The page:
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  1. #1
    Senior Member Still Pedaling's Avatar
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    Pump with a pressure release system

    I'm trying to locate a stand up tire pump with a pressure release system allowing you to remove the flip-chuck without letting out air from the inner tube. I'm finding that with the smaller 14" tubes, the air pressure drops so much that I have to slightly over inflate to allow for the loss when removing the chuck. There are decent pumps that have a pressure release system, but from what I have seen so far they are designed for the Presta Valves and I'm not sure if they will work with the Schraeder Valve on the Brompton. Has anyone seen such a pump? I'm not sure, but I think someone posted info on this but I can't find it.

    Cheers
    Wayne
    "It's best to remain silent and be thought the fool, then to open your mouth and remove all doubt" -- Mark Twain

  2. #2
    Senior Member JerrySTL's Avatar
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    Both a presta and schraeder valve should close almost instantly once the chuck is removed unless it gets hung up. The air that you hear escaping is from the pump and hose.

    How are you checking for the pressure drop? If using the pump's gauge, air filling the hose is enough to drop pressure. If using a pencil gauge, it's pretty easy to bleed off air before getting a reading. Plus those pencil gauges aren't very accurate. As a matter of fact, pump gauges aren't that accurate. I had a pump that read 20 PSI low at 100 PSI. In other words, it said 80 PSI.

    As long as 'slightly over inflate' doesn't exceed the tire or rim recommendations, I'd recommend just doing that.

  3. #3
    Senior Member Still Pedaling's Avatar
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    Quote Originally Posted by JerrySTL View Post
    Both a presta and schraeder valve should close almost instantly once the chuck is removed unless it gets hung up. The air that you hear escaping is from the pump and hose.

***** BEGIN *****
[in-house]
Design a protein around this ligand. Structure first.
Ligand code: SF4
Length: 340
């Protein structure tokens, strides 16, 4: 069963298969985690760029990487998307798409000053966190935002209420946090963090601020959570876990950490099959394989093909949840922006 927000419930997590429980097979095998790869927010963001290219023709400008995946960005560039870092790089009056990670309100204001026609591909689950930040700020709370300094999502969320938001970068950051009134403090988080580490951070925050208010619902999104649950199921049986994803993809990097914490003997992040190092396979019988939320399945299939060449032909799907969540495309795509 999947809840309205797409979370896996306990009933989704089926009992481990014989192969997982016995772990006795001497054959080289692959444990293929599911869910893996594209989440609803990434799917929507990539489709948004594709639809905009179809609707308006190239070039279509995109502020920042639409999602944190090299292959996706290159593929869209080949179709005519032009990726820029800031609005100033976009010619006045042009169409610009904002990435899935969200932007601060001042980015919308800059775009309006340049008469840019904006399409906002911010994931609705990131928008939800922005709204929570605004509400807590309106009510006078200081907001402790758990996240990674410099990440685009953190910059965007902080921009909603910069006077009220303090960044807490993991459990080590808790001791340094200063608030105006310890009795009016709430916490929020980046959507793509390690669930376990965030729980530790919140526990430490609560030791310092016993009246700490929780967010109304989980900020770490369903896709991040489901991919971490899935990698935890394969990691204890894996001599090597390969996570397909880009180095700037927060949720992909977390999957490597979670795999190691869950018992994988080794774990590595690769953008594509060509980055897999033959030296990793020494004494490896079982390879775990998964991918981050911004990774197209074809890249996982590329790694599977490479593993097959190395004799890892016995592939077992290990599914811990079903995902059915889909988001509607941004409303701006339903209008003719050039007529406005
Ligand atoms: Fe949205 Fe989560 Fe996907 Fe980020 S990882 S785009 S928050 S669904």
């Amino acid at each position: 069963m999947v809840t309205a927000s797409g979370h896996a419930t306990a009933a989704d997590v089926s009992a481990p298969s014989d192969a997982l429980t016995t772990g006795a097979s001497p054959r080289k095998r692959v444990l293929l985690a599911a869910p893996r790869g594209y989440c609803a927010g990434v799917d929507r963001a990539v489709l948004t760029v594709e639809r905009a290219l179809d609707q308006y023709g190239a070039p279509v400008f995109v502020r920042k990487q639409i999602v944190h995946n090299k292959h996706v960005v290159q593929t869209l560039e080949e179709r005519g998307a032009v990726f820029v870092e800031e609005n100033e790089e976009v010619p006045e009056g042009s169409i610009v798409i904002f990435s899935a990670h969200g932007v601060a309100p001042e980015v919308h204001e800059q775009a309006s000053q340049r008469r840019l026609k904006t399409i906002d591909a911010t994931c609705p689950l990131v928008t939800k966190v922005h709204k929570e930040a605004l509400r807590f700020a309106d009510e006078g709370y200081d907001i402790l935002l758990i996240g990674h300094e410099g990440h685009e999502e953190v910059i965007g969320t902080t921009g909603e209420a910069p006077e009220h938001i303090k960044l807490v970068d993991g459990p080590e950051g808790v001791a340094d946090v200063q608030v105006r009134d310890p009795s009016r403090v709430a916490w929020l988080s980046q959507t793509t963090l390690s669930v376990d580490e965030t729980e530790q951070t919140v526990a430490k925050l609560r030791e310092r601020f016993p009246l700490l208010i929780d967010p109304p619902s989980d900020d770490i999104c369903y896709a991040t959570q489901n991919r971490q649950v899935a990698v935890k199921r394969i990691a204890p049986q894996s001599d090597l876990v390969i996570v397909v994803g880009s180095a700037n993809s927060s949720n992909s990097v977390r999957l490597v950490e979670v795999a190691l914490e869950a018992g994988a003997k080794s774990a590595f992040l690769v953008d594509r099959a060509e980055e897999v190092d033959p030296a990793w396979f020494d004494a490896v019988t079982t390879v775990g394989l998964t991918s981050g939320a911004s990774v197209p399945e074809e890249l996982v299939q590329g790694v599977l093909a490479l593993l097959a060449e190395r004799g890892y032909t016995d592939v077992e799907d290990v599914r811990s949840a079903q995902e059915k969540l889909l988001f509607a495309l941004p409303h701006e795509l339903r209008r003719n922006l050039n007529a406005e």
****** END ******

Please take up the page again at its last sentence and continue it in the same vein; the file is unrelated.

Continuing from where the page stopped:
How are you checking for the pressure drop? If using the pump's gauge, air filling the hose is enough to drop pressure. If using a pencil gauge, it's pretty easy to bleed off air before getting a reading. Plus those pencil gauges aren't very accurate. As a matter of fact, pump gauges aren't that accurate. I had a pump that read 20 PSI low at 100 PSI. In other words, it said 80 PSI.

    As long as 'slightly over inflate' doesn't exceed the tire or rim recommendations, I'd recommend just doing that.
    Part of the problem might be from the chuck being hung up, and any amount of air that does escape from the tube depletes the pressure quit a bit considering that we are dealing with a small tube size. I didn't notice such a problem with the 26" tubes of my MB.

    I agree, those pencil gauges do present a problem and they pretty much just give you a ball park figure. I have a pretty decent gauge, but the problem I'm having is that with the cramped room on the small wheels I find it difficult to get the gauge on/off the valve without letting some air out, and some air in a small tire tends to be a lot regarding pressure. I'm thinking that having a pump where you can remove the pressure in the hose will allow for a much smoother removal of the chuck. Well at least I'm hoping.
    "It's best to remain silent and be thought the fool, then to open your mouth and remove all doubt" -- Mark Twain

  4. #4
    coprolite fietsbob's Avatar
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    There is a check valve in the base of the Floor pump, and a check valve in the valve stem.
    the air in the hose is not precious..


    Wayne, consider getting a separate tire gage.. GH Meiser (US) made the ones in my tool box
    high pressure range, dial reading, up to 140psi..
    Last edited by fietsbob; 11-27-13 at 11:47 AM.

  5. #5
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    All Lezyne floor pumps have a bleed.
    Chaad--'95 DeKerf Team SL, '02 Lemond Buenos Aires, '05 Novara Buzz, '73 Schwinn Collegiate, '06 Mountain Cycle Rumble, '09 Dahon Mariner D7, '12 Mercier Nano, '12 Breezer Venturi

  6. #6
    Senior Member JerrySTL's Avatar
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    Quote Originally Posted by Still Pedaling View Post